Some data, a comparison to other countries, and a story.
In A Woman’s Right to Safe Healthcare Outcomes, I gave the death rate statistic for the US as being 26.4 deaths per 100,000 with the UK being at 9.2. As shown by a more recent chart, the US is now at 17.4 deaths per 100,000 with the UK at 6.5 . . . a similar ratio of ~3 to 1 between the two countries. Improvement was experienced and the US still lags far behind other less costly countries.
Emphasis is on successful deliveries of a baby and the care to mothers; but as the chart details, the death rate in the US far exceeds that of other countries. It is not that mothers are being ignored, it is a lack of attention to the warning signs of problems. Access to more healthcare, insurance coverage, and more money will not resolve the issues of better care for women before, during, and after the birth of a baby.
Even with an improvement, the US still has the highest maternal mortality rate in the developed world, racial disparities amongst citizens in maternity access and outcomes, and dangerous declines in the availability of maternity care in nearly all parts of the country. Childbirth and newborn care are the most common and costly hospital conditions for Medicaid and also commercial healthcare insurance. Yet, the United States spends more on maternity care than any other country on earth.
The EMTALA is an effort to extend care under Medicaid and providing better funding for it as well as overall maternal healthcare. However before, during, and after delivery; women are still in danger due to missing the signs of a woman in distress or are misdiagnosing the signs.
As taken from A Woman’s Right to Safe Healthcare Outcomes:
With 39 weeks of a good pregnancy, the expectant mother went to the hospital to induce labor. Inducing typically ends up with a cesarean delivery. Twenty-three hours later, the doctor delivered a normal, healthy baby girl. Reoccurring sharp pains in the kidney area were alleviated with more epidural. In 20 hours, a healthy mother before the birth of her daughter died after the birth.
The pain came back 90 minutes after the birth. Lauren’s doctor husband questioning the ob/gyn, was told the pains were acid reflux, which is a common reaction after birthing. The pain increased, her blood pressure spiked at 169/108, and her husband asked the OB whether this could be preeclampsia (which he suspected).
Admission blood pressure upon was 147/99. She was experiencing similar readings during labor. For one period of 8 hours no readings were made. All eyes were on the health of the baby, not on the mother, and what could be coming to pass. For a woman with normal blood pressure such as this young mother, a blood pressure reading of 140/90 could be indicative of preeclampsia.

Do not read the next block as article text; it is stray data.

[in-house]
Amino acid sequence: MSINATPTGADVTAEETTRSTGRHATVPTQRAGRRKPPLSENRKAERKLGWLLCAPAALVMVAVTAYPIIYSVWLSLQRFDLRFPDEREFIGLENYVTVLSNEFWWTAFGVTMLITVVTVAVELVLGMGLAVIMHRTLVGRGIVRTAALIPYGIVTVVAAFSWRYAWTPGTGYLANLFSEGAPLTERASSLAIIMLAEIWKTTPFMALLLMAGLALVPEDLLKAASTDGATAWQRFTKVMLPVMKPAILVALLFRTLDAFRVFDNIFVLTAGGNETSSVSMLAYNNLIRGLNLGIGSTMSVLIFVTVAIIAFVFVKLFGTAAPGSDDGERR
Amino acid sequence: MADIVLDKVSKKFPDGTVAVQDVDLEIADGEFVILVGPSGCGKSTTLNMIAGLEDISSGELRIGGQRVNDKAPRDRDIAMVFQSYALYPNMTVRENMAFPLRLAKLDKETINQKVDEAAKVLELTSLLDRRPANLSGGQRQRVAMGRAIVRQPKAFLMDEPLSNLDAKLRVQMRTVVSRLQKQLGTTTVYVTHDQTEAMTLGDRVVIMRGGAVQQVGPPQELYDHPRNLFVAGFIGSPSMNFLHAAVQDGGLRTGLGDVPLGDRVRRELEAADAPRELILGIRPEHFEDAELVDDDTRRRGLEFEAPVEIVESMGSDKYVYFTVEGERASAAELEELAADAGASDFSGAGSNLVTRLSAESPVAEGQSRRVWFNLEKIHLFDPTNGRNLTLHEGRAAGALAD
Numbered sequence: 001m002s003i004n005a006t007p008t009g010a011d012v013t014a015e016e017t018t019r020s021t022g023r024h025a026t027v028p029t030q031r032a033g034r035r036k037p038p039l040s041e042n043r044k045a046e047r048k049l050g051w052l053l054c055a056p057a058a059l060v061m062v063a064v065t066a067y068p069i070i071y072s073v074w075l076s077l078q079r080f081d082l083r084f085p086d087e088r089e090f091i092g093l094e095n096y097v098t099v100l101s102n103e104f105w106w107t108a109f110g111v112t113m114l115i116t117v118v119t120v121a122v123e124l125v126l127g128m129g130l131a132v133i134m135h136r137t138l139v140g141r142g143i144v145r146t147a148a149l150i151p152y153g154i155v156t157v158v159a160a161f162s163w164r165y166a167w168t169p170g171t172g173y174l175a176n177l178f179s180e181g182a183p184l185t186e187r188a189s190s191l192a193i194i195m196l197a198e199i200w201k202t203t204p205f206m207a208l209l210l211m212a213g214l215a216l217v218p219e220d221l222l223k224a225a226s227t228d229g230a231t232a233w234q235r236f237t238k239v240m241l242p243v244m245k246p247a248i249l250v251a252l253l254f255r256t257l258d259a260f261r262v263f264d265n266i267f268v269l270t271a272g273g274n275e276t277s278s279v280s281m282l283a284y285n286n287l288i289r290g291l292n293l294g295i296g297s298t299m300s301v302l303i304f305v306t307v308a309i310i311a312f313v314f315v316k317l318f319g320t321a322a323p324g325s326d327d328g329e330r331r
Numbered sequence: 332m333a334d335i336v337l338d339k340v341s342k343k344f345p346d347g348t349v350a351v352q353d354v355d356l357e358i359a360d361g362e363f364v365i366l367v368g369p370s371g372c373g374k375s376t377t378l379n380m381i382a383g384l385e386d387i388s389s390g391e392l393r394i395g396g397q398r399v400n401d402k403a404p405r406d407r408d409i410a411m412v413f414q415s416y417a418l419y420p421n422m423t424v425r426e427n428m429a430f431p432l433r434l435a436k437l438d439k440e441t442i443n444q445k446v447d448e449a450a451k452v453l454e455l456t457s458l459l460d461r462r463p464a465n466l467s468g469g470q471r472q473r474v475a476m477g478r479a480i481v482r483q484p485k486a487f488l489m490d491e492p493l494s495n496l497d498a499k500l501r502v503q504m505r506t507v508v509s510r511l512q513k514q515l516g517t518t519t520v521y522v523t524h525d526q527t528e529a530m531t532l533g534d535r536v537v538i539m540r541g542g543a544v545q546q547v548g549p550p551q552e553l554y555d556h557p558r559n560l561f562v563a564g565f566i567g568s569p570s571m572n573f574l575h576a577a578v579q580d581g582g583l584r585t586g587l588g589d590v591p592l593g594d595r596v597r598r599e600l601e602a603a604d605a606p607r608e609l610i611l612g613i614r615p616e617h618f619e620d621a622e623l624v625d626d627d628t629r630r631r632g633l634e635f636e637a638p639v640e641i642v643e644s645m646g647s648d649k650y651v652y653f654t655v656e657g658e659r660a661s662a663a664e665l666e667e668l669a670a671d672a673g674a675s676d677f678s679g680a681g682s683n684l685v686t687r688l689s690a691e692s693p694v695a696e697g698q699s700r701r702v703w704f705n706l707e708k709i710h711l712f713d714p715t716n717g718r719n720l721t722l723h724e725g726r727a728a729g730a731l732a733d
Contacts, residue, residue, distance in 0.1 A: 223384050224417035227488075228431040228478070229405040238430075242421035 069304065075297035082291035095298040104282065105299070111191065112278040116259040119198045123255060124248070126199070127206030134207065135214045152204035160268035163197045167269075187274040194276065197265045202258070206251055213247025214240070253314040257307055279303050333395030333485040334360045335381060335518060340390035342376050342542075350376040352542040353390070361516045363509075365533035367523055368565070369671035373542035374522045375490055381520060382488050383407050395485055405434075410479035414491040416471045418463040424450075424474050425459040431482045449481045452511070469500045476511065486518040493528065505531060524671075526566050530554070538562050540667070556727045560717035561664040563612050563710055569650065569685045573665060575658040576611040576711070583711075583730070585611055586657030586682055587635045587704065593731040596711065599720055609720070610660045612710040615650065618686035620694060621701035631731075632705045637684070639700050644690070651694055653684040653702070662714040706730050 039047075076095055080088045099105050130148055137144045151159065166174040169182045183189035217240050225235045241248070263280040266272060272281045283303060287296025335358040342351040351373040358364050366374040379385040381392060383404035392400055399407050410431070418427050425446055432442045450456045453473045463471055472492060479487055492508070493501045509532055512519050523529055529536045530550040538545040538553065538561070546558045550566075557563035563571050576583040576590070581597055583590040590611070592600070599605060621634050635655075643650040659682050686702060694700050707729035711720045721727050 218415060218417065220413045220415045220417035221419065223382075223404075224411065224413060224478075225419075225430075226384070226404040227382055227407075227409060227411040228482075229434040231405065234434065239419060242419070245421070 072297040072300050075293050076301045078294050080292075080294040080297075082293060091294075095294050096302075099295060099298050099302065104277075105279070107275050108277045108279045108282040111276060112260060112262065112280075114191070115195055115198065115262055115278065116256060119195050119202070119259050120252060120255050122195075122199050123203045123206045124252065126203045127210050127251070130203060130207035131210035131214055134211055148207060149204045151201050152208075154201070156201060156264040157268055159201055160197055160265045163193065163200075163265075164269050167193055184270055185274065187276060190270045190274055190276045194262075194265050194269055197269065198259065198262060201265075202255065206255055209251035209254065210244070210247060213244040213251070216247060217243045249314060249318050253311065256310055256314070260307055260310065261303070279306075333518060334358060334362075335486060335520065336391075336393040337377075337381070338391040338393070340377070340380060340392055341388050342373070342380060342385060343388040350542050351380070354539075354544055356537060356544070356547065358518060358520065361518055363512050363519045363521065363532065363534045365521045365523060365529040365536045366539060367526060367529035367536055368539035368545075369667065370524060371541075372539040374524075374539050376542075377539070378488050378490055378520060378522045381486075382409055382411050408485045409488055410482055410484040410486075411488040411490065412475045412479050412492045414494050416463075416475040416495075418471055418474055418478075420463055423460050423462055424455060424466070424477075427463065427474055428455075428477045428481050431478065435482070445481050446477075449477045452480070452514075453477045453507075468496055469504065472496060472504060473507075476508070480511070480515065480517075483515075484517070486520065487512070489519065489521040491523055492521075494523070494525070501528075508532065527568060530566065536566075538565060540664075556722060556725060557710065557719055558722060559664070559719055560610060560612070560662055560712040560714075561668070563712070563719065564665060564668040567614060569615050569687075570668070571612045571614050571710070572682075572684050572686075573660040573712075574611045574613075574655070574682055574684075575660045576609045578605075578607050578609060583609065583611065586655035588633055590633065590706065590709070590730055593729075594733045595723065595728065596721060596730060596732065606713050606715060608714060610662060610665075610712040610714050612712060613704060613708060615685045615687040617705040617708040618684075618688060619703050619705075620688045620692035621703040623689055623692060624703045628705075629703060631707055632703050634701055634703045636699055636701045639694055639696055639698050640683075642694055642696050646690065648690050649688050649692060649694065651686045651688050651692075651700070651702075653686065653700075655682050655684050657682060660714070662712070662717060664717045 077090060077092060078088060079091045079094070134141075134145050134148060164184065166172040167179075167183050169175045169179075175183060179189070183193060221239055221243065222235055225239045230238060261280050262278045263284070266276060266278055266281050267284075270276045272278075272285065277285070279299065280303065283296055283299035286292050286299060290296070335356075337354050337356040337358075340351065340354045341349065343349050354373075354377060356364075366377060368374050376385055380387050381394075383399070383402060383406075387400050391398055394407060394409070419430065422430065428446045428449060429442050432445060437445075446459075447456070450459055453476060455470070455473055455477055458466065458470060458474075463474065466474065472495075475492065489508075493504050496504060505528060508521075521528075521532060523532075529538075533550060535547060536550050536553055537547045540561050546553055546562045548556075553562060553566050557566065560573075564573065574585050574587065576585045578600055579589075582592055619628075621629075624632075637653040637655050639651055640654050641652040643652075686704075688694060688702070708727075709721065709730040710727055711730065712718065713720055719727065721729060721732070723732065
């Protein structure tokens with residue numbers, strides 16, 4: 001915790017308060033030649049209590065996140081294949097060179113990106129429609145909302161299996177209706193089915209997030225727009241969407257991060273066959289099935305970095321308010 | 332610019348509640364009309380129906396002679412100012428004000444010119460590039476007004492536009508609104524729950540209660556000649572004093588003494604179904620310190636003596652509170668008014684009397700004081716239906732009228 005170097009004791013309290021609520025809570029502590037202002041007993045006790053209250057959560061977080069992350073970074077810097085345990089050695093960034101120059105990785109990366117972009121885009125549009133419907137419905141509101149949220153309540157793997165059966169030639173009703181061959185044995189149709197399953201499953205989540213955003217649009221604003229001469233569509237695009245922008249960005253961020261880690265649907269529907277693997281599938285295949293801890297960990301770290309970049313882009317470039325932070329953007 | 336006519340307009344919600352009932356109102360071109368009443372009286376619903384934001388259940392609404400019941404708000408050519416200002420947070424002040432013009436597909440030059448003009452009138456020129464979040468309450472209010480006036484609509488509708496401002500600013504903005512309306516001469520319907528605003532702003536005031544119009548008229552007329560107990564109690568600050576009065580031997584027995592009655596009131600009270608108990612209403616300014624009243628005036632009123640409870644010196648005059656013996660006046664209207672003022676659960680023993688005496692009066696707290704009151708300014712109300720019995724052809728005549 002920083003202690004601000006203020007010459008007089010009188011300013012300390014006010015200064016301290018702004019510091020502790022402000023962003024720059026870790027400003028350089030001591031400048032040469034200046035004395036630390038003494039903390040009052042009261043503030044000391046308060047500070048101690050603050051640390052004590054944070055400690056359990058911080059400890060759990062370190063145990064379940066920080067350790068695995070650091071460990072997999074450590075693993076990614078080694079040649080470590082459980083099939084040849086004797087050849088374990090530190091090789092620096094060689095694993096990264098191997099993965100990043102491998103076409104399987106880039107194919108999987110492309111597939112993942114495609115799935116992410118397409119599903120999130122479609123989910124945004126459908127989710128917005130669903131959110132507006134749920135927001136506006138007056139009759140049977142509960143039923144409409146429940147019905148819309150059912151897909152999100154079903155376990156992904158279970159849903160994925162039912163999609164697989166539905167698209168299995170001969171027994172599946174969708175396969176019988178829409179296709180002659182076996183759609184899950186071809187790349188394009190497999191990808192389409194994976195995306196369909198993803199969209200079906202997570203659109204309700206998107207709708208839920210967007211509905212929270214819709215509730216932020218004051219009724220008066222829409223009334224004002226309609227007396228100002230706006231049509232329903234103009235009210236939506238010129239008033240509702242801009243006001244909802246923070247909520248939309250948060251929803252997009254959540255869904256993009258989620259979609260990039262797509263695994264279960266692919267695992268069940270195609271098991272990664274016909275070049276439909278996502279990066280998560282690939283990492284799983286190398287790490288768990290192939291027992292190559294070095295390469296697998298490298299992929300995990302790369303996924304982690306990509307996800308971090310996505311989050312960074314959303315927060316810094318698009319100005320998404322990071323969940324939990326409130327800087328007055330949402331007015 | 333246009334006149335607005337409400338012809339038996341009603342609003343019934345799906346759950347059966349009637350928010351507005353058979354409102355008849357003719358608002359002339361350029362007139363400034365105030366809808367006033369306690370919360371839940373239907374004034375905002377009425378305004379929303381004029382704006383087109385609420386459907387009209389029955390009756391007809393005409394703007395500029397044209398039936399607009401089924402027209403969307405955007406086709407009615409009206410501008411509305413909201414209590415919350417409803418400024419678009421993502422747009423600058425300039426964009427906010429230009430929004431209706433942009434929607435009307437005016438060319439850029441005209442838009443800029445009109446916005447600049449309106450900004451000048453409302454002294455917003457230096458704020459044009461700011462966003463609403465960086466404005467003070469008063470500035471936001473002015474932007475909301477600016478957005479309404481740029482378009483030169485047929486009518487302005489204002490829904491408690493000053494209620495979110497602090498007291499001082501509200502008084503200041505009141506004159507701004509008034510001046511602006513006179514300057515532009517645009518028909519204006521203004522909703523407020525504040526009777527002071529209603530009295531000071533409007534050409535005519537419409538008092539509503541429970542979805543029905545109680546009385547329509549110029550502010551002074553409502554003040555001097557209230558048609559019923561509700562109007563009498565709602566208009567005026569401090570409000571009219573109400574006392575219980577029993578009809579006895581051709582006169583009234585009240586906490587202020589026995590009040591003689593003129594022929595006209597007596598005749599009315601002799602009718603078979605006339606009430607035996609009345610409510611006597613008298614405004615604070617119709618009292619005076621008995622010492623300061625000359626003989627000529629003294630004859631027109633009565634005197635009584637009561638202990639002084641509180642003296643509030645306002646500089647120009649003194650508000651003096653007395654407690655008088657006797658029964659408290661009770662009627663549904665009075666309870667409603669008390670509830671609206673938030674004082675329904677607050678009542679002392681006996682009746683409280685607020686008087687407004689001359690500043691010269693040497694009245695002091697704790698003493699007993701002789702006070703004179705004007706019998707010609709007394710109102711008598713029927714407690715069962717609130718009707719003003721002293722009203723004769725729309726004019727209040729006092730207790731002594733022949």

Her husband reached out to another doctor, he anxiously relayed the symptoms, and she quickly diagnosed what the young mother was suffering from . . . a disorder called HELLP syndrome or Hemolysis, (a breakdown of red blood cells); Elevated Liver enzymes; and Low Platelet count. A disorder if not treated quickly leads to death. The doctor emphasized the need for a quick response to the symptoms told to her.
This is only a brief recital of the tragedy which befell Lauren Bloomstein and her husband Larry. With additional delays in finding a surgeon, Lauren began to experience bleeding in her brain which would lead to paralysis. She knew she was dying before her husband’s eyes. A neurosurgeon was called in to relieve the pressure and stop the bleeding. Since her platelets were low he could not operate, the hospital did not have an adequate supply of platelets, and by the time additional supply arrived it was too late. She was brain dead. A previously healthy Lauren passed on after her daughter was placed next to her one last time.
The warning signs of life-endangering problems were there and missed (pain in the kidney area) or ignored (abnormal high blood pressure for Lauren). Excuses for pain (reflux) were made. Pain killers administered to dull the pain and other symptoms (blood pressure) not explored. She was deteriorating in front of her husband who suspected preeclampsia.
The missing part of this was the protocol to diagnose early on and prevent Lauren from slipping into preeclampsia. This is not an isolated incidence as the deaths of women giving birth keep increasing as evidenced in the attached chart.
What makes this story important is the mother was a nurse, in good health, married to a surgeon, having her baby in a reputable hospital, tended by an obstetrician/gynecologist, was of white background, and insured. All the right elements were there for successful delivery and a healthy surviving mother after the birth. All the right elements were present for normal delivery.